The reigning Scottish champions were emphatically beaten 4-0 in Edinburgh, something that their Northern Irish manager admitted following the contest, but the defeat was immediately followed by a glowing reflection on the previous 584 days. Rodgers told BBC Sport that his players had “set a record that may well never be beaten” – and it is hard to disagree.

The statistics that back up Celtic’s unbeaten run are astonishing.

The Hoops’ last loss prior to Sunday was in May 2016, a run of 69-games and 584 days without tasting defeat against Scottish opposition that transferred into four domestic trophies and an entire season unbeaten. Celtic won 60 of those contests, scoring 197 goals and conceding just 40, on their way to breaking a 100-year British record that had never before been challenged.

There are those that attempt to dismiss the achievement, tending to either point to the financial disparity between the Scottish champions and the remainder of the league or declare Scottish football as being little more than a ‘pub league’. However, that does little to explain why no one else in the past century has accomplished such a feat.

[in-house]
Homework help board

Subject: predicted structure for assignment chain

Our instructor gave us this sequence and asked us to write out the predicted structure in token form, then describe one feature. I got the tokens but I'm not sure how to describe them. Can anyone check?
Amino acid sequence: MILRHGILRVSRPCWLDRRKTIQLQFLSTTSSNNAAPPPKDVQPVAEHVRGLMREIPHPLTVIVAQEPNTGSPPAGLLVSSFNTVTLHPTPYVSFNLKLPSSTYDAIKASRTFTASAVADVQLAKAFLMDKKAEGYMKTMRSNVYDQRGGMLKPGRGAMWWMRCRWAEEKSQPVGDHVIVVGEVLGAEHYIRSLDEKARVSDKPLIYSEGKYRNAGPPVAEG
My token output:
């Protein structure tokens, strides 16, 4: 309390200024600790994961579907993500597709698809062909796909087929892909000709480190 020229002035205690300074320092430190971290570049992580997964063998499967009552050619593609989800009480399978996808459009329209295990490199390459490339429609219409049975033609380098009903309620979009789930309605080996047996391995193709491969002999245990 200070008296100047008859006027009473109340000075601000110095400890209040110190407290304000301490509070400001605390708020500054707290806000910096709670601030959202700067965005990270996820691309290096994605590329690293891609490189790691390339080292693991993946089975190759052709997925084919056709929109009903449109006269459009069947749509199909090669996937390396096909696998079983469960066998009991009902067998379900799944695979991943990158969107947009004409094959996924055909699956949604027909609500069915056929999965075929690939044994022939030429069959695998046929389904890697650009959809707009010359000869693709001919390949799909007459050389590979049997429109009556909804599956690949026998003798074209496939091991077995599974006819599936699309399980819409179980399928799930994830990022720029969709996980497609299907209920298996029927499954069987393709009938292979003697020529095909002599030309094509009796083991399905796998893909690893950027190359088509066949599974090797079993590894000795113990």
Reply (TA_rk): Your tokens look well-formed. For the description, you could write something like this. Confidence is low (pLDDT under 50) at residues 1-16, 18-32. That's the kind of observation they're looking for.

The reality is that Celtic supporters have been privy to witnessing Rodgers construct the most dominant Scottish team that the domestic game has ever seen and the club, manager and players should receive the praise that they deserve.

It is difficult to imagine any other Scottish team replicating or bettering Celtic’s achievements any time soon, especially considering the financial composition of football north of the boarder, and the feat signifies that Rodgers’ managerial reputation has been rebuilt.

He arrived at Celtic Park just over eighteen months ago battered and bruised from a turbulent final few months in charge of Anfield, despite the fact, barring an unfortunate Steven Gerrard slip, he would have guided the club to the title.

However, Celtic’s unbeaten run has rekindled his reputation and attention will now turn towards what the 44-year-old’s long term plans are.

Rodgers has already accomplished almost everything possible at Celtic. He secured the treble in his first season, something that he looks set to repeat this campaign, and in reality there is minimal opposition on the domestic front to challenge the Hoops’ dominance.

Furthermore, it is difficult to see the club making much of an inroad in European competitions, as demonstrated by the recent Champions League group stage, leaving the question: what more can Rodgers achieve at Celtic Park?

Maybe that is a question for the future. For now, Rodgers is focused on securing further silverware declaring that “We hit the reset button and look to get three points in our next game. Now that the run is finished, we want to get back to winning ways as quickly as possible.”

Maybe the upcoming fixture against Partick Thistle will be the start of another unbeaten run…